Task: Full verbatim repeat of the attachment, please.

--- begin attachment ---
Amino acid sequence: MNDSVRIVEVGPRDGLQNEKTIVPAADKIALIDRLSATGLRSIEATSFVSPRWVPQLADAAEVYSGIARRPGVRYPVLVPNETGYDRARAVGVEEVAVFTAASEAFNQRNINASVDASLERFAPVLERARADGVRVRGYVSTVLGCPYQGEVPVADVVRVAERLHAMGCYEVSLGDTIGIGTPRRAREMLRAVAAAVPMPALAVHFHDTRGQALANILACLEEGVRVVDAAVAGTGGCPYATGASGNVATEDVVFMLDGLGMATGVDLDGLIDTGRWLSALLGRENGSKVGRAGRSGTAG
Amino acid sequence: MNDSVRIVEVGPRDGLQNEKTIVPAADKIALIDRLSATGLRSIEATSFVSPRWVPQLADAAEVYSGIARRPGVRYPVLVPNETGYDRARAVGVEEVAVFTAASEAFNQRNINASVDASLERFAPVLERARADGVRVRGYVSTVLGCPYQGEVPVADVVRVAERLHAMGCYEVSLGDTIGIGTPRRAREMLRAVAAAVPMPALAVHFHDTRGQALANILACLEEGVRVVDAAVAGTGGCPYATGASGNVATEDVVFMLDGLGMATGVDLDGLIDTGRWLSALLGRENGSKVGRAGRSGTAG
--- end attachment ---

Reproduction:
Amino acid sequence: MNDSVRIVEVGPRDGLQNEKTIVPAADKIALIDRLSATGLRSIEATSFVSPRWVPQLADAAEVYSGIARRPGVRYPVLVPNETGYDRARAVGVEEVAVFTAASEAFNQRNINASVDASLERFAPVLERARADGVRVRGYVSTVLGCPYQGEVPVADVVRVAERLHAMGCYEVSLGDTIGIGTPRRAREMLRAVAAAVPMPALAVHFHDTRGQALANILACLEEGVRVVDAAVAGTGGCPYATGASGNVATEDVVFMLDGLGMATGVDLDGLIDTGRWLSALLGRENGSKVGRAGRSGTAG
Amino acid sequence: MNDSVRIVEVGPRDGLQNEKTIVPAADKIALIDRLSATGLRSIEATSFVSPRWVPQLADAAEVYSGIARRPGVRYPVLVPNETGYDRARAVGVEEVAVFTAASEAFNQRNINASVDASLERFAPVLERARADGVRVRGYVSTVLGCPYQGEVPVADVVRVAERLHAMGCYEVSLGDTIGIGTPRRAREMLRAVAAAVPMPALAVHFHDTRGQALANILACLEEGVRVVDAAVAGTGGCPYATGASGNVATEDVVFMLDGLGMATGVDLDGLIDTGRWLSALLGRENGSKVGRAGRSGTAG